1. Do 15 minutes at time trial pace, 5 minutes easy, another 15 minutes of time trialing.
  2. Ride 4 sets of 5 minutes each at time trial pace with 3-4 minutes recovery between.
  3. Do hill repeats. Ride hard up a 1/2-mile hill, then roll down easily. Repeat.
  4. Jam into an all-out sprint every 5 minutes. Roll easily in between.
  5. Do ladders. Go hard for 1 minute, then 2 minutes, then 3, 4, 5, and 6. Separate each effort with 2-3 minutes of easy spinning.
  6. Team time trial. Trade pulls at the front of a paceline (set a limit such as 1-2 minutes or 30 pedal strokes) and go as hard as you can. This works better with a closely matched group.

12:50-12:53 Warm down

Three minutes isn’t much time to cool off after a hard effort, so time your last training effort to end with a 2- to 3-minute recovery. The combination is good enough to loosen your legs.

12:53-12:59 Clean up

Stash your bike, head for the changing room, and strip. Save time by stuffing your cycling garb in the bag instead of carefully packing. If you have a shower, jump in and rinse off. Ten-minute steam-soaks are nice, but the mission here is to get presentable for possible afternoon meetings. Company doesn’t have a shower’? Use rubbing alcohol and a washcloth to sponge off. The alcohol removes odors and cools you enough to stop perspiration. In cool weather it’s possible to skip the cleanup entirely.

1:00 Get Back to Work

George eats at his desk and sipsĀ sportsĀ drinks to rehydrate and replenish carbo stores. Or you can snack at your afternoon break.


Trying to fit a quality ride into the short time you once used to chomp down a burger and fries can be intimidating. Here’s how to start.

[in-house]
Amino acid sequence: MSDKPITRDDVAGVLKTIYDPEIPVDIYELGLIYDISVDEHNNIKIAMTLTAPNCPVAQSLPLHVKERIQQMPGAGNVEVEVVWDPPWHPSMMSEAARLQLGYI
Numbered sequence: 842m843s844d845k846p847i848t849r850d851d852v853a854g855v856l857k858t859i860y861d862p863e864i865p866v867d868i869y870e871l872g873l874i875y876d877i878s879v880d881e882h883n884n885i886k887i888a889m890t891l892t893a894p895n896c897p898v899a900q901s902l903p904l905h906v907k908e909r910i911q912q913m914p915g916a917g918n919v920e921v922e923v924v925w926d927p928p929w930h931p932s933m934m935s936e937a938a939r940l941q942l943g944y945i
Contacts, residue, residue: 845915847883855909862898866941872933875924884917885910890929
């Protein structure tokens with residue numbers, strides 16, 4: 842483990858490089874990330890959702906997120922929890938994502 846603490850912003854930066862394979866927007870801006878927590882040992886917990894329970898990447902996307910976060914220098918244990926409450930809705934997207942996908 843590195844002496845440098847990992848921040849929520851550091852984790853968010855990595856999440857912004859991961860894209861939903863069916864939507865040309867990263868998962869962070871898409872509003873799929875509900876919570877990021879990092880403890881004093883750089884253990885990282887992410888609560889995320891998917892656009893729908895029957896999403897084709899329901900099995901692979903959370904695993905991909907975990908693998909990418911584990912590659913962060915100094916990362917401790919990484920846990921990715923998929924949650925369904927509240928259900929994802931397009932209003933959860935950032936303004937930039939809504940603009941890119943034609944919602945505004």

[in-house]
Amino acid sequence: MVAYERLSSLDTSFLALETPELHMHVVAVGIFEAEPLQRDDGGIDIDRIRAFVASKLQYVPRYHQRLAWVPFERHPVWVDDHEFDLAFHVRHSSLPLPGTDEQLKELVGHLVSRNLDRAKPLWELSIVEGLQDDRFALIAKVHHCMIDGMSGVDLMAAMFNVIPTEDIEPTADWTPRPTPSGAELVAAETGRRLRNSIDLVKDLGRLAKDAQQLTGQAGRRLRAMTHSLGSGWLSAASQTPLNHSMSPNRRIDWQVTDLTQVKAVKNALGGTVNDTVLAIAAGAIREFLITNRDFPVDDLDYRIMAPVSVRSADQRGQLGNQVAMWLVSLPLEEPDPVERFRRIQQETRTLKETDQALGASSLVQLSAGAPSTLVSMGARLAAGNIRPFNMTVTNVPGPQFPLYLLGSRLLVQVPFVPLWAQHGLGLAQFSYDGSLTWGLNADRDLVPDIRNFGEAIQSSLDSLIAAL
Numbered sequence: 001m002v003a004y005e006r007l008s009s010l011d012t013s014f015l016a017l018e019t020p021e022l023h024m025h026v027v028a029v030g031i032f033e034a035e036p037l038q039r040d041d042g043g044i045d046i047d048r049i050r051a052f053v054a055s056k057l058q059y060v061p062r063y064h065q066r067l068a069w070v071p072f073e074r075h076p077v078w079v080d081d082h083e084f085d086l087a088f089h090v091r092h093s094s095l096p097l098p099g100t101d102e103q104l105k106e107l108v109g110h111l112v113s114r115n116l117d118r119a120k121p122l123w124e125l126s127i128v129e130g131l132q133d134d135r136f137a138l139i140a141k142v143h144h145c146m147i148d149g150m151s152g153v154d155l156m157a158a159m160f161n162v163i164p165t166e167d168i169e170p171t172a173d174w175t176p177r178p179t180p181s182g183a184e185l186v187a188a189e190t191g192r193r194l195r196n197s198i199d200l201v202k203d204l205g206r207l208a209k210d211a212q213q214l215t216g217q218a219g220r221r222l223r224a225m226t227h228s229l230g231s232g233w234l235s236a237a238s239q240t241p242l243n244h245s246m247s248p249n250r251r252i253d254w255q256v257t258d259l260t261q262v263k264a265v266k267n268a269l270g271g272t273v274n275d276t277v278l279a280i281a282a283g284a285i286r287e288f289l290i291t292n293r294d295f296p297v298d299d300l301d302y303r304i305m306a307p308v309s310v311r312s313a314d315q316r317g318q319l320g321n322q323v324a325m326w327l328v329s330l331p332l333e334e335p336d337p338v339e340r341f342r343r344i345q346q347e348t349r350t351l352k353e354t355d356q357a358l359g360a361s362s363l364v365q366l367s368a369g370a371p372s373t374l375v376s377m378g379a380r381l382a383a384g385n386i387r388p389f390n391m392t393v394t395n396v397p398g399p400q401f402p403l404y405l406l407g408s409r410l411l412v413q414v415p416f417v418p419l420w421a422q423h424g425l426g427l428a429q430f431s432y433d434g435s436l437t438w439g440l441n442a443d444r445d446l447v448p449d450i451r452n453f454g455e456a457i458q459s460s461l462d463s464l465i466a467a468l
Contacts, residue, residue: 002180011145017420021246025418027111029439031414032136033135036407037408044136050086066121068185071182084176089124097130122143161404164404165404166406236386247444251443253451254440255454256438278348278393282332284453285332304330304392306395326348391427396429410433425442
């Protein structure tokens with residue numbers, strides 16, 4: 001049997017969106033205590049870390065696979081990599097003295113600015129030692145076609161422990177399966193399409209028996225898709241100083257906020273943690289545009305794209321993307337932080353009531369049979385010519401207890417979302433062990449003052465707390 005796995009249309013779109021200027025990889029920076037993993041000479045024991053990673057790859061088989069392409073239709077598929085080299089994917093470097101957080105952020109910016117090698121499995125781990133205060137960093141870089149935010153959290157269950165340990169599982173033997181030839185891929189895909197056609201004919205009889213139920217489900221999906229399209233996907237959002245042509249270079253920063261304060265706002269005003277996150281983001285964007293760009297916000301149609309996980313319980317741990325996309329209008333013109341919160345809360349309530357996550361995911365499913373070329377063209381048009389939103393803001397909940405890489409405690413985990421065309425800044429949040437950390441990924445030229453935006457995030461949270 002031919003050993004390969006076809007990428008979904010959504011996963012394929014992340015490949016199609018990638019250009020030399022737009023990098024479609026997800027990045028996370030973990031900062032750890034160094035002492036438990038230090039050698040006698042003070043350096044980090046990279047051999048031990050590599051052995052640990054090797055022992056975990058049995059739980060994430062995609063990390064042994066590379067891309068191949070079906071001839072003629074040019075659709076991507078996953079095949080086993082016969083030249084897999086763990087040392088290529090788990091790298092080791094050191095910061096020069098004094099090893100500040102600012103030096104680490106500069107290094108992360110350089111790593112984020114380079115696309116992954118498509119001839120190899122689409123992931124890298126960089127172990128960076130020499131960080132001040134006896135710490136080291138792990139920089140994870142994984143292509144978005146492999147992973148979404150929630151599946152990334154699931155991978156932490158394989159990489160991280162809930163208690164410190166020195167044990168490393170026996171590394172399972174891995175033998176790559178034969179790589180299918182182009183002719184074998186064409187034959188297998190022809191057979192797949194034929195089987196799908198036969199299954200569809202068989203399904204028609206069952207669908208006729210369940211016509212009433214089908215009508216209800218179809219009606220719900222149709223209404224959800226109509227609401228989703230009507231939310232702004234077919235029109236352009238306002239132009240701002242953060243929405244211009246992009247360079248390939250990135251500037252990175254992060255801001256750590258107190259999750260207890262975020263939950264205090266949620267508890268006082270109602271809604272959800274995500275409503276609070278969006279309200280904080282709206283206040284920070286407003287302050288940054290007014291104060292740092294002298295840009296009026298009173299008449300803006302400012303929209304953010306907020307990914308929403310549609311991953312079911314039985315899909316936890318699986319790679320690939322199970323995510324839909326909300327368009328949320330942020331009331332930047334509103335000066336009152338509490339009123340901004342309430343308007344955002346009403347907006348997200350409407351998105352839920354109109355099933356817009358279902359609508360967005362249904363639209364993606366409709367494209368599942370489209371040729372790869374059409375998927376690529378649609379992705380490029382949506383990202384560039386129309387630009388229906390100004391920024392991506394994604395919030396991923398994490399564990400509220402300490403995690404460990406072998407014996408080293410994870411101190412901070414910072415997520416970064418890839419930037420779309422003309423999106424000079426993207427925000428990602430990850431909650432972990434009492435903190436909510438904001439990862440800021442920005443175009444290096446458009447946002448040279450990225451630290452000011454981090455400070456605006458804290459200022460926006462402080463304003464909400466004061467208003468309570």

1. Sell supervisors on the idea. Remind them that increased fitness reduces absenteeism and increases productivity. “Our lunch hour is only 30 minutes,” says George, “but we have a policy that we can take an hour for exercise if we make it up.”
  2. Try it for just one day a week. This will let you practice and get the bugs out without losing big chunks of time over the course of a week. Once perfected, shoot for 2-3 times a week. Coupled with longer weekend rides, you’ll get plenty fit for fast cycling.
  3. Practice clothing transitions. This is where major time can be wasted. Think of your lunch hour as a triathlon with a bike ride in the middle and a clothes transition at either end. Practice. And think about your ‘do. Short hair (for men and women) can be quickly toweled dry and combed. Primping elaborate coifs can lessen your valuable workout time by 10 minutes or more.
  4. Refuel. Lunch workouts can deplete your energy stores and leave you drained for afternoon work and evening activities. To stay alert (and employed):

Eat a good breakfast. Noon rides are fueled by the food you ate at breakfast. Try oatmeal, skim milk and a banana, along with a bagel or whole wheat toast.

Stay hydrated. Keep a water bottle at your desk and sip all day.

Plan a 2-part lunch. At your morning break munch an energy bar, bagel, or jam sandwich on whole wheat bread. Fruit is good, too. Try apples, bananas, or melon. In the afternoon, chase the workout with a carbo replacement drink and a turkey sandwich on whole wheat.